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Oh, My Sciatica – Answers to Sciatica Questions
Friday, October 20, 2017

Have you ever heard someone say, “My sciatica is acting up again”? Perhaps you wondered if it was a legitimate pain or just someone playing the sympathy card. Or maybe you landed on this page because you typed in your own symptoms. Let’s take a look at sciatica – what it is, its symptoms, and more. When we’re done, you’ll have a better understanding of the issue.

What is sciatica?

Sciatica gets its name from the sciatic nerve, the largest single nerve in the body. It’s made up of individual nerve roots that start by branching out from the spine in the lower back and then combine to form the sciatic nerve. When the sciatic nerve is irritated or compressed at or near its point of origin, symptoms occur.

Sciatica tends to develop over time as opposed to an event or injury causing it and is a symptom of an underlying medical condition. Some of the lower back problems that can cause sciatica symptoms include bone spurs on the spine, a lumbar herniated disc, degenerative disc disease, spinal stenosis, or spondylolisthesis. In rare cases, the nerve can be compressed by a tumor or damaged by a disease such as diabetes.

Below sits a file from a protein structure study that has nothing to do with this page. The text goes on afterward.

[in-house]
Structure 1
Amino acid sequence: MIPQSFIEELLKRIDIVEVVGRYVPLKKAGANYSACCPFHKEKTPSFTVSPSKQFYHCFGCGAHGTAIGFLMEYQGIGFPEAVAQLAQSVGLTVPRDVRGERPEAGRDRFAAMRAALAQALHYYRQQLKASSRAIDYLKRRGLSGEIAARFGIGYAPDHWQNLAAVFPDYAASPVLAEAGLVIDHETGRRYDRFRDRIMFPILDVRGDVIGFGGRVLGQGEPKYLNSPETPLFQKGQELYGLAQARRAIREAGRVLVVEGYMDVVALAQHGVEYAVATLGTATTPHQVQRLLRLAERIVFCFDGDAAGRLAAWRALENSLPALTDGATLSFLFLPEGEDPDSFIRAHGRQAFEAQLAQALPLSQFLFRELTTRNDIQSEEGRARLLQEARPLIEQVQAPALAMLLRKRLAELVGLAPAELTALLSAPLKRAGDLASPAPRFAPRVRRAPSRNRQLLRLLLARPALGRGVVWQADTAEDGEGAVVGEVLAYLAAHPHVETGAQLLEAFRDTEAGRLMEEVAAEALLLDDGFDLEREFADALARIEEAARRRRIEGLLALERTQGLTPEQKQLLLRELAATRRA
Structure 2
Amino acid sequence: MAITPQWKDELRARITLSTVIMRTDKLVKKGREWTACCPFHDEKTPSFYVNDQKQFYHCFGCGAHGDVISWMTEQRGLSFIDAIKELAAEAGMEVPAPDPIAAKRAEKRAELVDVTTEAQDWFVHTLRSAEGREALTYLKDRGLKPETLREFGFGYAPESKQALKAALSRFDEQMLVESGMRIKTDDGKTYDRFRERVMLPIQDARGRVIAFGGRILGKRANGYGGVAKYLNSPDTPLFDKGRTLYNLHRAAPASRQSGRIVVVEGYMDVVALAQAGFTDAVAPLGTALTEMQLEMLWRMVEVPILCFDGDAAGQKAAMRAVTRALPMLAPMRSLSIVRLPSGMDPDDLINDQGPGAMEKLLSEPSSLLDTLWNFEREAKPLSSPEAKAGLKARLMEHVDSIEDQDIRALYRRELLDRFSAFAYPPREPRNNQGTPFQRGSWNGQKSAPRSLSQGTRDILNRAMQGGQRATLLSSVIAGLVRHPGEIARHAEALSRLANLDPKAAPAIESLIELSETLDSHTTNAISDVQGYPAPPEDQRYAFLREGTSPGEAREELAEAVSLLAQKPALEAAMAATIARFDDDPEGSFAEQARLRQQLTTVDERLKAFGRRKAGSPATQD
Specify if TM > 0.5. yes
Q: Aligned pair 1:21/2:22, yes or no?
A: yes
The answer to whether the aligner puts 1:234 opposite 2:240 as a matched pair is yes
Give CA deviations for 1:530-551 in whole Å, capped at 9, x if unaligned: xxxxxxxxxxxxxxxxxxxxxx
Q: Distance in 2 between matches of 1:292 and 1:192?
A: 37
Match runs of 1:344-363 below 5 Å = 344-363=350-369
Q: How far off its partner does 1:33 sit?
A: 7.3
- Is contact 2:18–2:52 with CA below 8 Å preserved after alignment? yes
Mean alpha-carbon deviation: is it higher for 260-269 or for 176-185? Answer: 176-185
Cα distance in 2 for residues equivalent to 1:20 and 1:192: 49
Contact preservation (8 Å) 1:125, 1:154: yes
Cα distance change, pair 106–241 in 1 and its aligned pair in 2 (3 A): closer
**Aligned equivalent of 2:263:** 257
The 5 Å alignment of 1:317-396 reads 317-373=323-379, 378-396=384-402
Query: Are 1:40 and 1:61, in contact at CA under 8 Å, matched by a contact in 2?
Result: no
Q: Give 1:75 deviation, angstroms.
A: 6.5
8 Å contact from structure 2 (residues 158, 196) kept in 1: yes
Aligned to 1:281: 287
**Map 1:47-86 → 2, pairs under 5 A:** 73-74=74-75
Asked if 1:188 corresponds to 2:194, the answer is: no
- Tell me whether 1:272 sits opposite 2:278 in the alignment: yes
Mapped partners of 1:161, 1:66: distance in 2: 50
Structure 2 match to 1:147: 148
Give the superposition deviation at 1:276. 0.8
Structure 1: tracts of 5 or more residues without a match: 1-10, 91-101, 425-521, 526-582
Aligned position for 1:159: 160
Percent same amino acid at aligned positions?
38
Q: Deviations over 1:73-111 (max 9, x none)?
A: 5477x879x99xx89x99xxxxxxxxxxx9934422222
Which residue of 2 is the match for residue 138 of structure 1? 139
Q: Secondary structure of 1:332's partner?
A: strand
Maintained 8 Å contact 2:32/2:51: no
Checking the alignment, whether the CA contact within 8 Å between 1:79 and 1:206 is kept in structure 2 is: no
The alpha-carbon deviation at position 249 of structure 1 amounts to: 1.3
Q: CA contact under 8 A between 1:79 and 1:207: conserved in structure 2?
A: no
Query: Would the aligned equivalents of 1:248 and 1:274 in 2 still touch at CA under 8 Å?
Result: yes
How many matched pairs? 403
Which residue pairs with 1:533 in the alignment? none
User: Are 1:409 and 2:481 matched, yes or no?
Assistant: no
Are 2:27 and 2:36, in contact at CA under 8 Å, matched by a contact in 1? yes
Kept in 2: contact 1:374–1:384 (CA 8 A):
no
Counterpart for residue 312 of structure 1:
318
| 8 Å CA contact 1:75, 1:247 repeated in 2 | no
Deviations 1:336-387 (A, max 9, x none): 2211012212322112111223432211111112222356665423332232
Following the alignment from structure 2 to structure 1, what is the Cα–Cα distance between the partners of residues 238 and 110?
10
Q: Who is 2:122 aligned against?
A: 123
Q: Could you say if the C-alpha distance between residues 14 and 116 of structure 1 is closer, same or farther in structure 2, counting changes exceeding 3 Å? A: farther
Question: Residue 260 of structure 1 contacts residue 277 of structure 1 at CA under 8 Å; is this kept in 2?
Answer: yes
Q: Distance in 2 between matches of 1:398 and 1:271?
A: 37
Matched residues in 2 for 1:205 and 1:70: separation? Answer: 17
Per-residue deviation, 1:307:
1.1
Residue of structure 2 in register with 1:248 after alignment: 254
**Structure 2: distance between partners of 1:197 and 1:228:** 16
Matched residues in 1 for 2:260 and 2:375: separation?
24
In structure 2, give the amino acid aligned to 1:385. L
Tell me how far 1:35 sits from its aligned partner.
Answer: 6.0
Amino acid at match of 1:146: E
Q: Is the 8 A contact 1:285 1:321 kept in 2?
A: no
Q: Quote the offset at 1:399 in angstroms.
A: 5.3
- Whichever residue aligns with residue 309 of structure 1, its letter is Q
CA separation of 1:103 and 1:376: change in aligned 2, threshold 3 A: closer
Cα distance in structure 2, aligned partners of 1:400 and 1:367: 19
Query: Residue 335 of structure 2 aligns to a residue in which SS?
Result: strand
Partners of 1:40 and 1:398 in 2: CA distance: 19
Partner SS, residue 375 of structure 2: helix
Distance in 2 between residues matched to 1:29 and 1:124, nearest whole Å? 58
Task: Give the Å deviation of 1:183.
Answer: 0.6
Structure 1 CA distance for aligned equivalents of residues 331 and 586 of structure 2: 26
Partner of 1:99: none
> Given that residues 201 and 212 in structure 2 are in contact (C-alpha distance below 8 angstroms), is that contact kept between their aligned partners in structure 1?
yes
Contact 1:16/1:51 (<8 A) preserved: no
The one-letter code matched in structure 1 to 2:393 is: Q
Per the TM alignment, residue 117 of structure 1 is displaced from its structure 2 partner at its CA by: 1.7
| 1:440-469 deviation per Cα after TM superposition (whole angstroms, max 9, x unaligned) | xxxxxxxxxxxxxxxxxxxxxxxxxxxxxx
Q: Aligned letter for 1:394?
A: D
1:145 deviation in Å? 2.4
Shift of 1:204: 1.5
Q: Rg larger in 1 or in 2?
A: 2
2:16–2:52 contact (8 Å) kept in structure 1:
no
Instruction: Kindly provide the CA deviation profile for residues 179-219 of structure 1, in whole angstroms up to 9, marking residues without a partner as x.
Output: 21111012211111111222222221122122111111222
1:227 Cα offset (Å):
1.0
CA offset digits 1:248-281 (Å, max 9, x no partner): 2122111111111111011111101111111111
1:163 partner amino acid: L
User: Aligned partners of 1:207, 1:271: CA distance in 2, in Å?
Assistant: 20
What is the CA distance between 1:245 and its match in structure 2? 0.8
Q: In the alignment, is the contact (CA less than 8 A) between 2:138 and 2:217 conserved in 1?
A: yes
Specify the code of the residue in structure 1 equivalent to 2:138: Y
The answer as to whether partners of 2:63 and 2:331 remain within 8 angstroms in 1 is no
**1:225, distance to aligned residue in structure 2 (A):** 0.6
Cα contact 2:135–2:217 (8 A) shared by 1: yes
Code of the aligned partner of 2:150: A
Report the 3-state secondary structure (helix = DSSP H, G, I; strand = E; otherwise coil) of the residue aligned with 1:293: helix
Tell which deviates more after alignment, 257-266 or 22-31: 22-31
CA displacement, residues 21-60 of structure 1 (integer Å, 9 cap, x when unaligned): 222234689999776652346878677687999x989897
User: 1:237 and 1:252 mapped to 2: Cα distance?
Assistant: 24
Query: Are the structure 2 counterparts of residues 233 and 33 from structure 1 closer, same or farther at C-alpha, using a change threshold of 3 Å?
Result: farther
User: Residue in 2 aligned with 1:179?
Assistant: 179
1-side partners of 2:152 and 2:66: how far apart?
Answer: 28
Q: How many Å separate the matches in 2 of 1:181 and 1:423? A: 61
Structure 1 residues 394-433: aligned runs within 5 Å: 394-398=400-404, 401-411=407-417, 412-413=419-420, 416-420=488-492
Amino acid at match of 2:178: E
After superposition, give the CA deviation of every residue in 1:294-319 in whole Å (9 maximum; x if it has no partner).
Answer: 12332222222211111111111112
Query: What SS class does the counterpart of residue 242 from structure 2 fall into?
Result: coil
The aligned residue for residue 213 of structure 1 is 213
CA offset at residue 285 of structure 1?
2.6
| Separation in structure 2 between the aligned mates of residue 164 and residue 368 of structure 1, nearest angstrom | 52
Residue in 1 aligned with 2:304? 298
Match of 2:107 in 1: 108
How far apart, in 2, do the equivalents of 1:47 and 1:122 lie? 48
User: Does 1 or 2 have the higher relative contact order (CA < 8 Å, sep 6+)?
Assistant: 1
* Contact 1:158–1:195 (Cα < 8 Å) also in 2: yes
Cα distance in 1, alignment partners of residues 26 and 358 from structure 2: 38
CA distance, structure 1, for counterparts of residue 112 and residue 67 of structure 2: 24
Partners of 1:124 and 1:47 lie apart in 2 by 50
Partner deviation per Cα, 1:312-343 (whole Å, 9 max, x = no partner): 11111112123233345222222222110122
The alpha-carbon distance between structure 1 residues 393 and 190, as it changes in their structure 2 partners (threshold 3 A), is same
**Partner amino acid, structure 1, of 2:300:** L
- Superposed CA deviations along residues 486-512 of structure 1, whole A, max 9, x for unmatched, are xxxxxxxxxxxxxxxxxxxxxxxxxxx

What are the symptoms of sciatica?

Sciatica refers to the pain—and possibly tingling, numbness, or weakness—that starts in the lower back and travels through the hips and buttocks and down the large sciatic nerve in the back of each leg. Typically, sciatica affects only one side of your body.

These symptoms could mean you have sciatica:

·        Constant pain in only one side of the buttock or leg

·        Pain that is worse when sitting

·        Leg pain that is often described as burning, tingling, or searing

·        Weakness, numbness, or difficulty moving the leg, foot, and/or toes

·        A sharp pain that may make it difficult to stand up or walk

·        Pain that radiates down the leg and possibly into the foot and toes

Sciatic pain can run from infrequent and irritating to constant and incapacitating. The pain can range from a mild ache to a sharp, burning sensation or excruciating pain. Sometimes it can feel like a jolt or electric shock. It can be worse when you cough or sneeze, and prolonged sitting can aggravate symptoms. Symptoms are usually based on the location of the pinched nerve. For example, a lumbar segment 5 (L5) nerve impingement can cause weakness in extension of the big toe and potentially in the ankle.

Some people also have numbness, tingling or muscle weakness in the affected leg or foot. You might have pain in one part of your leg and numbness in another part.




We've covered a lot of information, but you may still have questions.   Please contact us and we will be happy to address exactly what is ailing you.

 





 
 
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